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and the same evening the bride is conveyed to the bridegroom's hut, by a troop of relations and friends. On these occasions she always wears a white veil of her own weaving. The rejoicings continue for eight days, during which the guests are abundantly supplied with palm wine and other liquors. Among the Sereres, when a lover has formally obtained the consent of relations, he summons his friends to assist him in carrying off the object of his choice. The bride shuts herself up in a hut with her companions, where they maintain an obstinate siege before they surrender to the assailants. In Bambuk, the bride is escorted to the hut of her future husband. When she arrives at the door, she takes off her sandals, and a calabash of water is placed in her hand. She knocks, and the door is opened by the relations of the bridegroom, who remains seated in the midst of the hut. The bride kneels before him, pours the water over his feet, and wipes them with her mantle, in token of submission. Mr. Park speaks of seeing a betrothed girl at Bamiseribe, who knelt before her lover, and presenting a calabash of water, desired him to wash his hands; when he had done so, she drank the water, apparently with delight; this being considered a great proof of fidelity and love. In Madagascar, wives salute their husbands just returned from war, by passing the tongue over his feet, in the most respectful manIsles. Among the Mandingoes, when the lover has settled the bargain with the girl's parents, she is covered with the bridal veil of white cotton, and seated on a mat, with all the elderly women of the neighborhood ranged in a circle round her. They give her sage instructions concerning the performance of her duties and the propriety of her deportment as a matron. A band of female guiriots come in and disturb their . serious lessons with music, singing, and dancing. The bridegroom in the mean time entertains his friends without doors. A plentiful supper is provided, and the evening is devoted to mirth. Before midnight the bride is privately conducted by her female relatives to the hut which is to be her future residence. The bridal party generally continue dancing and singing until broad daylight. At the island of St. Louis, the native women often contract a sort of limited marriage with Europeans, and their vows are said to be generally observed with exemplary fidelity. They take the Portuguese title of Signora, and the children receive the name of their father. The bridal ceremonies are similar to the Wolofs. When the European husband leaves the country, he provides for his family according to his wealth, and the generosity of his character; and his wife is at liberty to marry again when she pleases. In Congo, marriage is sometimes consecrated with Catholic ceremonies, by the converts to Christianity; but the . pagan natives preserve the simplicity of their ancient forms. When a young man has selected a damsel that pleases him, he sends presents to her relatives, accompanied by a cup of palm wine. If the presents are accepted, and the wine drank, it is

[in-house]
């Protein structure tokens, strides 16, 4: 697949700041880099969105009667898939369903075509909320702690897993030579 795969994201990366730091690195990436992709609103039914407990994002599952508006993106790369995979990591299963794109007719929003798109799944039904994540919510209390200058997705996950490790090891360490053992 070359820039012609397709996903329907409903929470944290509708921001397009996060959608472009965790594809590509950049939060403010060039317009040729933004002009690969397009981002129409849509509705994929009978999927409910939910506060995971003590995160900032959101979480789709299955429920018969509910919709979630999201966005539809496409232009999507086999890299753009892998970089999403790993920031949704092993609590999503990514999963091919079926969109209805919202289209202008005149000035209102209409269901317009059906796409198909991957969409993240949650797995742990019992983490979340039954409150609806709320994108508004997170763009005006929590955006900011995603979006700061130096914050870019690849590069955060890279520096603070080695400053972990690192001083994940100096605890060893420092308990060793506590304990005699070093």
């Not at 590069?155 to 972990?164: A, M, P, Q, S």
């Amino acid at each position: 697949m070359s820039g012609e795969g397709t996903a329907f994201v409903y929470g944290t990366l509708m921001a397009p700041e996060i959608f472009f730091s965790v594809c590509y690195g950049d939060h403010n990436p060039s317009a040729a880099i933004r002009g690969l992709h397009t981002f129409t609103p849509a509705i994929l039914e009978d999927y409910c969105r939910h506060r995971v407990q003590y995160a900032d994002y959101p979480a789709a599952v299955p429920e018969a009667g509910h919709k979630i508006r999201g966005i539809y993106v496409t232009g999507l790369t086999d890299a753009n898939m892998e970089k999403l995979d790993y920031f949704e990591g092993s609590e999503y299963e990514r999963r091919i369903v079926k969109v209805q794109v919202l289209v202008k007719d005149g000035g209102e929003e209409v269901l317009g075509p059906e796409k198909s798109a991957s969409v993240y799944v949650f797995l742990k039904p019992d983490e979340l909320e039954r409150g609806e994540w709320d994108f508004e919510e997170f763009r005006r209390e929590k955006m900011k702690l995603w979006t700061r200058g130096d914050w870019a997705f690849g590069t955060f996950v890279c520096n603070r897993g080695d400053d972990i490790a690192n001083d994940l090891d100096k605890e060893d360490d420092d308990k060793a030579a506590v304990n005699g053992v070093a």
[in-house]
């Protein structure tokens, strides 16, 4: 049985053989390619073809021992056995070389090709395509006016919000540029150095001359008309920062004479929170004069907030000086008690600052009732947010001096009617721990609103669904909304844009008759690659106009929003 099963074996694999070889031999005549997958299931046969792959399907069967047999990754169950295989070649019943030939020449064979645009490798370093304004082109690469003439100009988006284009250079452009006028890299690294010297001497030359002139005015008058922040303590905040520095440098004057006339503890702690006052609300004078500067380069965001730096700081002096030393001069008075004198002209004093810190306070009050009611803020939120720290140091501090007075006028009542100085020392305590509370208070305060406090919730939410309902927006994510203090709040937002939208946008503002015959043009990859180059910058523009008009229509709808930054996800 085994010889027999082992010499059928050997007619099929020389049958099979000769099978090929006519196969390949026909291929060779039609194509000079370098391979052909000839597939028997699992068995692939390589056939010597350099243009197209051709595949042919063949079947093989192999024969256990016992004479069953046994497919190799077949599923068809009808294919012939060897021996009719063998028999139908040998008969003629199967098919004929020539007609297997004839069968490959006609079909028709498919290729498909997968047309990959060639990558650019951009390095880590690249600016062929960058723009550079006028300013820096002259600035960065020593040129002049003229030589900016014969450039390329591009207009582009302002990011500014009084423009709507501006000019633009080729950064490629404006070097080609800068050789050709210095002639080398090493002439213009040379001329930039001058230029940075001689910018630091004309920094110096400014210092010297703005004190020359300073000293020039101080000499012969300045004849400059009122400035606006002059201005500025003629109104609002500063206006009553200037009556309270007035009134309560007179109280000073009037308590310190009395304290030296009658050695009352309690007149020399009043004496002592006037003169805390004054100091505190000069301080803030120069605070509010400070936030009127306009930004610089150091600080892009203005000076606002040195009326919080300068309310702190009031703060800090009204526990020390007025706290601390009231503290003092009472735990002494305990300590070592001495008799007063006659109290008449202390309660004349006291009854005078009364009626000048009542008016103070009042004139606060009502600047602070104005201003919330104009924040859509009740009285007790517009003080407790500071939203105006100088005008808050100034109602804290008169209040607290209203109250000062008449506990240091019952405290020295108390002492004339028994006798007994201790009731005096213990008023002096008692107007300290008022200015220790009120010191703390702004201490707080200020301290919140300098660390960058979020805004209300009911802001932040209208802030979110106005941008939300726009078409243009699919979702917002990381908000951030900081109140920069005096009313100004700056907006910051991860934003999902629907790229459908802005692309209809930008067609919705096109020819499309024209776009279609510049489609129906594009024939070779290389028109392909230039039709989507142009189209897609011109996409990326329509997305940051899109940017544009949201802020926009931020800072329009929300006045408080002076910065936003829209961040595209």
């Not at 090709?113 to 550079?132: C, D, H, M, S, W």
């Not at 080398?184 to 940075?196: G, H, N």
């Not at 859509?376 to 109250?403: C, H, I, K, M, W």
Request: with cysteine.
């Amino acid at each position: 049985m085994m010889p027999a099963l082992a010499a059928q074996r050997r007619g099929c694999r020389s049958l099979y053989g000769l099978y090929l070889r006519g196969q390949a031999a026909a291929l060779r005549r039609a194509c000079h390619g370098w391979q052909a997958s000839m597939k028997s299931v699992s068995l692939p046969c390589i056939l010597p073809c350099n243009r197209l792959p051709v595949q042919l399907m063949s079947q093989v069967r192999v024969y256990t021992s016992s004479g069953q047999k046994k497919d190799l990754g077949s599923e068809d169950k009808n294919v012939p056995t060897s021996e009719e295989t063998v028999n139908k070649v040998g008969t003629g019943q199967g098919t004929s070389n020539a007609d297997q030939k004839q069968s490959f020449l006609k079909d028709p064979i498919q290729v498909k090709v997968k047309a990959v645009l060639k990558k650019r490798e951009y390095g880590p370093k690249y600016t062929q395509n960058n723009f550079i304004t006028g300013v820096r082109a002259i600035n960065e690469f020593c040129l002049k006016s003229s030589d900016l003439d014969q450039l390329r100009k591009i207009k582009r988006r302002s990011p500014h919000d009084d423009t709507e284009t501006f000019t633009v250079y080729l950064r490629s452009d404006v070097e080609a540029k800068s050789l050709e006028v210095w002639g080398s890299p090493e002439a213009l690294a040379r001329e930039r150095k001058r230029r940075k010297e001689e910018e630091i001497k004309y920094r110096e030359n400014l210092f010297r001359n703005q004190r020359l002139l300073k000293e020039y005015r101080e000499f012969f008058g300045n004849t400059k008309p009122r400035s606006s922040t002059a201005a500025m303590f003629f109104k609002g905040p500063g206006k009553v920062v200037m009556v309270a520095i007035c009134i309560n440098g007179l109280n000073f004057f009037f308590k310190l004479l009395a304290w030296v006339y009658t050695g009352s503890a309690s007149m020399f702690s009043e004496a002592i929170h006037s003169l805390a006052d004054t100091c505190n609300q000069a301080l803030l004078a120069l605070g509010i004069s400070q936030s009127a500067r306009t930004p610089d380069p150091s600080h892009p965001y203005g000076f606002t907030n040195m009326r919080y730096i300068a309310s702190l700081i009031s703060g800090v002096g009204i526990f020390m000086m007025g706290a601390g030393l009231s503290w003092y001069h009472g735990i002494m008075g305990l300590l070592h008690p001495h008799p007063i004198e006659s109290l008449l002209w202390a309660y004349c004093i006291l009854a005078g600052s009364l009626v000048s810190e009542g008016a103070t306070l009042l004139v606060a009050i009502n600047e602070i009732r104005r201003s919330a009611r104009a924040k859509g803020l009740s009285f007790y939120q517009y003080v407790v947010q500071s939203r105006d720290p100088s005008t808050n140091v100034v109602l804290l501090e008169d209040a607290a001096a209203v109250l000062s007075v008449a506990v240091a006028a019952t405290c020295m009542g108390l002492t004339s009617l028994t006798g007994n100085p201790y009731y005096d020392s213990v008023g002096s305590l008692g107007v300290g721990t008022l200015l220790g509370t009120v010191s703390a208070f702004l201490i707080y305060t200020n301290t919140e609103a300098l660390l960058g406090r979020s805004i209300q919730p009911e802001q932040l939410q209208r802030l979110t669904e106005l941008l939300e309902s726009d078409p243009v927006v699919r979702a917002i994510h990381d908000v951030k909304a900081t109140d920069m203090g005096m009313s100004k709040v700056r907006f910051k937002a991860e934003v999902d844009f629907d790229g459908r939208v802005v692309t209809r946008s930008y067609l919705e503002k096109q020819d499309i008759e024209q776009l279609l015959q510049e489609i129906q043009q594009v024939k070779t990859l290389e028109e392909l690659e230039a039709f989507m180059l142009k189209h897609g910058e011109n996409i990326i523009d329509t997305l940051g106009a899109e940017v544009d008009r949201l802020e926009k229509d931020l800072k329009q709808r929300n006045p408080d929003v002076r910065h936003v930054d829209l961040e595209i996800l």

considered a sign of approbation. He visits the pa. rents, and having received his bride from their hands, conducts her to his own house. Here she remains, till he is satisfied with regard to her temper, industry, and general propriety of deportment. Sometimes this season of probation lasts one year, and sometimes two or three. If either party becomes dissatisfied with the other, they separate, without any loss of reputation ; but if mutually pleased, they signify it publicly to friends and relations, and the event is celebrated by a feast. The Portuguese missionaries made a strong effort to abolish this custom; but the people were much attached to it; and mothers universally declared they would not subject themselves to the reproaches of their daughters, by urging them to an indissoluble union with individuals, whose tempers and dispositions they had never seen tried. In Abyssinia there is no form of marriage, except what consists in a mutual consent to live together as long as they please each other. This connection is dissolved and renewed as often as the parties think proper. From the highest to the lowest rank, no distinction is made between legitimate and illegitimate children. The women, though Mohammedans, appear freely in public; and the master of a family considers it a point of civility to offer his wife or sister to a guest. The celebrated queen of Sheba is supposed to have been an Abyssinian; and the monarchs now claim descent from Menilek, who they say was her son by Solomon, king of the Jews. In Caffraria, the bridal ceremonies are so simple as scarcely to deserve the name. When young people wish to live together, opposition from parents is almost an unheard-of circumstance. A feast is prepared to give publicity to the event, and they eat, drink, and dance, for days or weeks in succession, according to the wealth of the parties. If a Caffer girl marries during the lifetime of her father, she receives for dowry as many cattle as he can afford to give; but after his death, she is dependent on the generosity of her brothers. As a wife costs an ox, or two cows, it is rare for any but wealthy Caffers to have more than one. Twins are said to be more common than in any other country, and three children at a birth is a frequent occurrence. An African dowry is sometimes furnished in a manner painful to think upon. When the sultan of Mandara married his daughter to an Arab sheik, “the nuptials were celebrated by a great slave hunt among the mountains, when, after a dreadful struggle, three thousand captives, by their tears and bondage, furnished out the materials of a magnificent marriage festival.” In Dahomey, all the unmarried females, throughout the kingdom, are considered the property of the despotic sovereign. Once a year they are all brought before him; he selects the most engaging for himself, and sells the others at high prices to his subjects. No choice is allowed the purchaser. He pays twenty thousand cowries, and receives such a wife as the king pleases to appoint; being obliged to appear satisfied with the selection, whatever may be her aspect or condition. It is said that some have, in mockery, been presented with their own mothers. This brutal and bloody sovereign usually keeps as many as three thousand wives, who serve him in various capacities. No person is allowed to sit even on the floor in the royal presence, except his women; and they must kiss the ground whenever they receive or deliver a message from the king. These women are watched with the most savage jealousy. Mr. M'Leod, who visited Dahomey in 1803, had his compassion much excited by the sudden disappearance of Sally Abson, daughter of the late English governor by a native female. This girl, who had been educated in the European manner, was accomplished, and had a most winning simplicity of manner. Mr. M'Leod could obtain no tidings of her for a long time. But at last an old domestic ventured to tell him that she had been carried off by an armed band, in the night-time, to be enrolled among the king's women. The king of Ashantee has three thousand three hundred and thirty-three wives; a mystical number, on which the prosperity of the nation is supposed to depend. The king of Yarriba boasted to captain Clapperton, that his wives linked hand in hand would reach entirely across his kingdom. The first question asked by the chiefs was, how many wives the king of England had ; and when told that he had but one, they would burst into loud peals of laughter, accompanied by expressions of surprise and pity.